Walking in there were people renting out seat cushions and I thought to myself, “Great, I am in for an uncomfortable two hours.” I decided not to rent a seat cushion because I wanted to really experience the entirety of this bullfight, the heat, the uncomfortablility, and the spectacle that is the bullfight. Walking past the entrance the walls within the stadium did not match the beauty of the exterior we had been so captivated by earlier everything was so plain, there were hardly any details on the walls. We looked for where we were going to sit down and as we walked down the hall, there was a bar at every entrance offering refreshments such as tinto de verrano (sangria), cerveza (beer), and so much more. Most people went directly to their seats but I wanted to stay out of the sun as long as possible, so we walked around and looked at the stories of the great Toreros (matadors/bullfighters) and began to get a sense of what the corrida meant to the Spanish. Only the brave took on a bull and only the great lived to tell about it. Toreros were the opitomy of “machismo” because they layed their life on the ground everytime they stepped foot in the ring. Spaniard find toreros to be their real life heroes because of the honor they carried by comfronting death and beating it time and time again.
It was about ten minutes until the first bull was scheduled to make its appearance, so we walked into the blazing hot sun and were guided by an employee drenched in sweat to our seats. We took our seats and waited for the beginning of this much talked about event. While I was sitting there I just kept thinking if this was a good idea, because I consider myself an animal lover; how could I allow myself to witness this torture? Does my presecenc make me less of an animal lover? The stadium began to fill up there were no empty seats that Sunday evening because this was the last fight for Rafaelillo this month. The horn and drums began to play; a signal that the corrida was about to commence. I looked around and saw so many people hugging, kissing each other on the cheek, shaking hands, and laughing with such great joy. Everyone except myself seemed to be excited for the demonstration of power between man and beast. I felt frozen waiting for what I thought was going to be one of the most difficult sights to witness.
The horns sounded off again and everyone went silent as the picadores, toreos, and banderillreos came out one after the other to acknowledge the crowd. After they had made their round, everyone took their seats and a man with a sign came out to the center of the ring holding up a sign of the torero and the size of the bull he was about to face. I watched with so much anxiety as the men prepared themselves for the first bull. El Toro comes rushing out and the picadores and the banderillreos flashed their brightly colored mats at bull enticing him to charge at them. The bull charged full speed at every man in sight, running into barrier after barrier. Once the bull ran around the ring twice and was dizzied to his knees as the horn sounds for the next round. The picadors rushed out mounted on their horses wielding spear like weapons in their hands. The bull angrily charged the horse; whose eyes were covered and body shilded, the picsdores let the bull get close enough and then he plunged the spere into the bull’s back. The blood begins to glisten down the bull’s broad shoulders and the horn is ounded again. The banderilleros entered the ring antagonizing the bull. They stomped and yelled in order to get the bull’s attention. The bull honed in on the banderilleros and charged full speed ahead. I thought the men were going to run out of the way, but they charged right for the bull. The banderilleros lunge at the bull as they avoid the mighty horns in order to plunge the tooth-pick like weapons into the back of the bull. They repeated this routine two or three times until there were six spikes dangling from the bull’s back. Finally, the matador and el toro face off in the ring.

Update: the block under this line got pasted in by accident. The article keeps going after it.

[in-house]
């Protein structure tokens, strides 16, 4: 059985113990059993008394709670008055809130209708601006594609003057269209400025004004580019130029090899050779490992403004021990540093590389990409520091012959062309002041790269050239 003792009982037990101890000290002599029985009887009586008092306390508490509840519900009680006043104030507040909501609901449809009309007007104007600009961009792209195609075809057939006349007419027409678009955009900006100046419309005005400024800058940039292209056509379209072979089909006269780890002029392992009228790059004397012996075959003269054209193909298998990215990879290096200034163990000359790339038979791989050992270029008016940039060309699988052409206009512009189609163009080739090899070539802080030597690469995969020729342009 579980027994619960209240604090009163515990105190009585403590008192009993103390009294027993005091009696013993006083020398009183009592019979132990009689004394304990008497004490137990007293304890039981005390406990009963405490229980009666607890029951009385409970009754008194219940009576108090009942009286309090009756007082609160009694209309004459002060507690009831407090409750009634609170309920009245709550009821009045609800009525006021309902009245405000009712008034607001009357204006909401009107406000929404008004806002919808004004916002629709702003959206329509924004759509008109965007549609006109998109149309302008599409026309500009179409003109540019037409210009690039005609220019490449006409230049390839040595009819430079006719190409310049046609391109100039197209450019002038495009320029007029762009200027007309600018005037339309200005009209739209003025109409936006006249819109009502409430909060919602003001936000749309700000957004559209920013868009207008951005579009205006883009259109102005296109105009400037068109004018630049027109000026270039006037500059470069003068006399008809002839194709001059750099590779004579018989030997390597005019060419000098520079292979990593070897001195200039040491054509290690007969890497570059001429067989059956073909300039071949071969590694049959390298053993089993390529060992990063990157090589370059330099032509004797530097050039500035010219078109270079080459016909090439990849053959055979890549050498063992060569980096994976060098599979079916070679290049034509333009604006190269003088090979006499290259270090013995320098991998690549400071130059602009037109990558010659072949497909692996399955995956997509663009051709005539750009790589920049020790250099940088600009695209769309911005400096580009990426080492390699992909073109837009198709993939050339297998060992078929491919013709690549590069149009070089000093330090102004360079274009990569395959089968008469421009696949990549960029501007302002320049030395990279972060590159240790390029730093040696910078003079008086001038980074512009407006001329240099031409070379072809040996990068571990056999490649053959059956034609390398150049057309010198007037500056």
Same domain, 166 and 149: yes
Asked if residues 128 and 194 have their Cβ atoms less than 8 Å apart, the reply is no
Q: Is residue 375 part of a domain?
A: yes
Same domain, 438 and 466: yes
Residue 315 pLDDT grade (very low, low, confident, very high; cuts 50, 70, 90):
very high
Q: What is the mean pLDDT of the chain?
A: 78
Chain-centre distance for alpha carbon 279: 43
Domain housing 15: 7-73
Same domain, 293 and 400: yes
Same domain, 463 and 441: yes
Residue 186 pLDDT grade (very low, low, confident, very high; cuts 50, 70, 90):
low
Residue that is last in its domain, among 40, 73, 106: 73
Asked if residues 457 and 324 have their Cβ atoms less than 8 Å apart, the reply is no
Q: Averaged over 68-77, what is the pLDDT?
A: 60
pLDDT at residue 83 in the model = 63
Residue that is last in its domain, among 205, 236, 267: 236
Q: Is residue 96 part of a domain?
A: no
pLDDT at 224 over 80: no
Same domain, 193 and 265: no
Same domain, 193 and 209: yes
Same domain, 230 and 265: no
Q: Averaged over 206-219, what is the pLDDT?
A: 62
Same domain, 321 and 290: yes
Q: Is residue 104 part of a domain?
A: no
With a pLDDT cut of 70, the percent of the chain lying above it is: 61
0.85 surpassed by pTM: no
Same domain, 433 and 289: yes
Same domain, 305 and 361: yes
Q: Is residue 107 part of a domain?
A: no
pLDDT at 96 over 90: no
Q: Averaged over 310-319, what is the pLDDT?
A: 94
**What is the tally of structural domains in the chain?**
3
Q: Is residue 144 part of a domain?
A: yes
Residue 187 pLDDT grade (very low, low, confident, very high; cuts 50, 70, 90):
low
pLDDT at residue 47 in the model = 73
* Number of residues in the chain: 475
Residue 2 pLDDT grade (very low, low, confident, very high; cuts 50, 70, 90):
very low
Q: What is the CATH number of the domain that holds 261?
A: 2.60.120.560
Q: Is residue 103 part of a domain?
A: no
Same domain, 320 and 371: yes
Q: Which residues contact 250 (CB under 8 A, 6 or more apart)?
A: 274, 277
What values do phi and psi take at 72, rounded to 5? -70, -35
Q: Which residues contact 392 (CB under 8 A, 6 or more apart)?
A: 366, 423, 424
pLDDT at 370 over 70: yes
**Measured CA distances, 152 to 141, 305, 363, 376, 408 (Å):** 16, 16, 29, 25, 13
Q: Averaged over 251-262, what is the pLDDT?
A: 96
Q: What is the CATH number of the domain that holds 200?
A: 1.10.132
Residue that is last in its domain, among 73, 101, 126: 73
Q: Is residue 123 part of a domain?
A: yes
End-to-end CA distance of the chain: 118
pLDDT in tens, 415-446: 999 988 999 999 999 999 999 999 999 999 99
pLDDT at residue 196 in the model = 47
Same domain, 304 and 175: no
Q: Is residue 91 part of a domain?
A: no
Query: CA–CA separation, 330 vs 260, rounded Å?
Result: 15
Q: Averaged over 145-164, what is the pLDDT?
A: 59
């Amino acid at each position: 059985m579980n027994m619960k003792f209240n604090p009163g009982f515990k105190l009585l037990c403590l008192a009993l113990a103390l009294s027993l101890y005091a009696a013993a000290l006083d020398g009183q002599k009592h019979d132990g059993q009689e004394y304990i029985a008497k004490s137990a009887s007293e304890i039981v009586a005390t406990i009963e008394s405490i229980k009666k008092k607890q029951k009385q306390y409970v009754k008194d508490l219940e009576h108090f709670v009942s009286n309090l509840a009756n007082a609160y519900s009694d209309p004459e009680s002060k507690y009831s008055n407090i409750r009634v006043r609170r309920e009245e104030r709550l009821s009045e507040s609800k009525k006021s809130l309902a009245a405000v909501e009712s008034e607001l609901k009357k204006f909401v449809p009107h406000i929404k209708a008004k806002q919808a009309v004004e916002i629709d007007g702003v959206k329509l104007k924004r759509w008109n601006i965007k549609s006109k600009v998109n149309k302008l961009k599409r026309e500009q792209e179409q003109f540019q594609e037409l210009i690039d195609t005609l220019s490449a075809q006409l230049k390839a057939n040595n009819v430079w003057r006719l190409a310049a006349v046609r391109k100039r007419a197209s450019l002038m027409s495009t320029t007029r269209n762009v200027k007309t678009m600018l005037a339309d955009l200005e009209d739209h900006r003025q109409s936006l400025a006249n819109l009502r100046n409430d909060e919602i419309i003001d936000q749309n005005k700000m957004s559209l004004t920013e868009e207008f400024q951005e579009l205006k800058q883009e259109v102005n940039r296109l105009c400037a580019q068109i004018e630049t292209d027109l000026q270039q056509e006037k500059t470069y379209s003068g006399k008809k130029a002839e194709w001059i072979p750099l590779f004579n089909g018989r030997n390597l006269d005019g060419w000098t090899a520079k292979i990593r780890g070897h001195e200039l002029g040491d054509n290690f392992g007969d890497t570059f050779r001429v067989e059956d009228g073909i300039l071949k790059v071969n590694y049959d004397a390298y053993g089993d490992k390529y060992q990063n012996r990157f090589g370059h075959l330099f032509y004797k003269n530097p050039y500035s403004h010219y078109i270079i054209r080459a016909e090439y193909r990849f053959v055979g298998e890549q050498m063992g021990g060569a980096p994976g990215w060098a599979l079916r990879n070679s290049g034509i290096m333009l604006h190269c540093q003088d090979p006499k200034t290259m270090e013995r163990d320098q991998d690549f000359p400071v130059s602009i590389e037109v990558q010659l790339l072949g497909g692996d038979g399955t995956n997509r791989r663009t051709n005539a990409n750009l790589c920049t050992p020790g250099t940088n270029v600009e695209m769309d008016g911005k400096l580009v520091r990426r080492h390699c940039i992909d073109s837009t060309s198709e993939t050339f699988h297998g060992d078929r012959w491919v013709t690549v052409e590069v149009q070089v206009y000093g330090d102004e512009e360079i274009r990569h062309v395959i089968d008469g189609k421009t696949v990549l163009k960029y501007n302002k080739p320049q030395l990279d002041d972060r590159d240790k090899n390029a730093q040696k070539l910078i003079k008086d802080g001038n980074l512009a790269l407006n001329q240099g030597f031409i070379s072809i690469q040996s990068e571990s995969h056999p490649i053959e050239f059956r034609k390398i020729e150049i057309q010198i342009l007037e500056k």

The bull, blinded with pain by now, attacked the red cape four times until the torero finally plunged his sword into the bull’s back. The crowd went wild, the man sitting next to me screamed out “Horale!” which can be translated as “alright!” His loud cry snapped me back into reality, I had watched the fight but felt as if I was experiencing it from outside my body. I saw the matador and the toro face off, but when I heard that loud, cheerful cry, all I could remember was watching the blood seep out of every pour of the bull. Blood came out from his nostrils as if it were a fountain, his mouth opened and another rush of blood came spewing out. It looked almost fake, like something you would see in a bad horror film; finally the bull charged his last charge at the torero and fell to the ground. The crowd once again broke into a loud surge of deafening cheers at the defeat of the mighty toro.